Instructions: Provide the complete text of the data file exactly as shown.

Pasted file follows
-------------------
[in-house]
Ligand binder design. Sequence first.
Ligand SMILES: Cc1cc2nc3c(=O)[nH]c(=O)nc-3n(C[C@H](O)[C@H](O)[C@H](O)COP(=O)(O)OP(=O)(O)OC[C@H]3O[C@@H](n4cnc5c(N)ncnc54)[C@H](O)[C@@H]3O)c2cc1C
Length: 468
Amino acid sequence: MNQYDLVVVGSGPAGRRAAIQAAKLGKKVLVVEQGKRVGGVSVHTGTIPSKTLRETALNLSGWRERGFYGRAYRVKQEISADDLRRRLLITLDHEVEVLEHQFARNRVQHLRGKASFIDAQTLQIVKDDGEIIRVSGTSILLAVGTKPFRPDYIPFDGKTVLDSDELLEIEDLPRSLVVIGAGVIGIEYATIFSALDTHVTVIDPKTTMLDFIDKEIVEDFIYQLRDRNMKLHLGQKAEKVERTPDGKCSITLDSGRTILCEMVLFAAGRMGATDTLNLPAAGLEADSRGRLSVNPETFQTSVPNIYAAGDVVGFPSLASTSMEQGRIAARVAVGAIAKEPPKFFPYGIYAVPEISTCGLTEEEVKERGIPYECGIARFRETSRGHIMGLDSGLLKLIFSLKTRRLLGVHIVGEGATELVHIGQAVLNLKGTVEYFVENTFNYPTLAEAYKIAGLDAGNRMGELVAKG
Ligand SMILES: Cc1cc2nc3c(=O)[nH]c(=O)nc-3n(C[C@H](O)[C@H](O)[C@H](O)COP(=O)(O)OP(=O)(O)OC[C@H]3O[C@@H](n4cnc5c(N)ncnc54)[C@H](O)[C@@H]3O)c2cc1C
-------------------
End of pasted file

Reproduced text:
[in-house]
Ligand binder design. Sequence first.
Ligand SMILES: Cc1cc2nc3c(=O)[nH]c(=O)nc-3n(C[C@H](O)[C@H](O)[C@H](O)COP(=O)(O)OP(=O)(O)OC[C@H]3O[C@@H](n4cnc5c(N)ncnc54)[C@H](O)[C@@H]3O)c2cc1C
Length: 468
Amino acid sequence: MNQYDLVVVGSGPAGRRAAIQAAKLGKKVLVVEQGKRVGGVSVHTGTIPSKTLRETALNLSGWRERGFYGRAYRVKQEISADDLRRRLLITLDHEVEVLEHQFARNRVQHLRGKASFIDAQTLQIVKDDGEIIRVSGTSILLAVGTKPFRPDYIPFDGKTVLDSDELLEIEDLPRSLVVIGAGVIGIEYATIFSALDTHVTVIDPKTTMLDFIDKEIVEDFIYQLRDRNMKLHLGQKAEKVERTPDGKCSITLDSGRTILCEMVLFAAGRMGATDTLNLPAAGLEADSRGRLSVNPETFQTSVPNIYAAGDVVGFPSLASTSMEQGRIAARVAVGAIAKEPPKFFPYGIYAVPEISTCGLTEEEVKERGIPYECGIARFRETSRGHIMGLDSGLLKLIFSLKTRRLLGVHIVGEGATELVHIGQAVLNLKGTVEYFVENTFNYPTLAEAYKIAGLDAGNRMGELVAKG
Ligand SMILES: Cc1cc2nc3c(=O)[nH]c(=O)nc-3n(C[C@H](O)[C@H](O)[C@H](O)COP(=O)(O)OP(=O)(O)OC[C@H]3O[C@@H](n4cnc5c(N)ncnc54)[C@H](O)[C@@H]3O)c2cc1C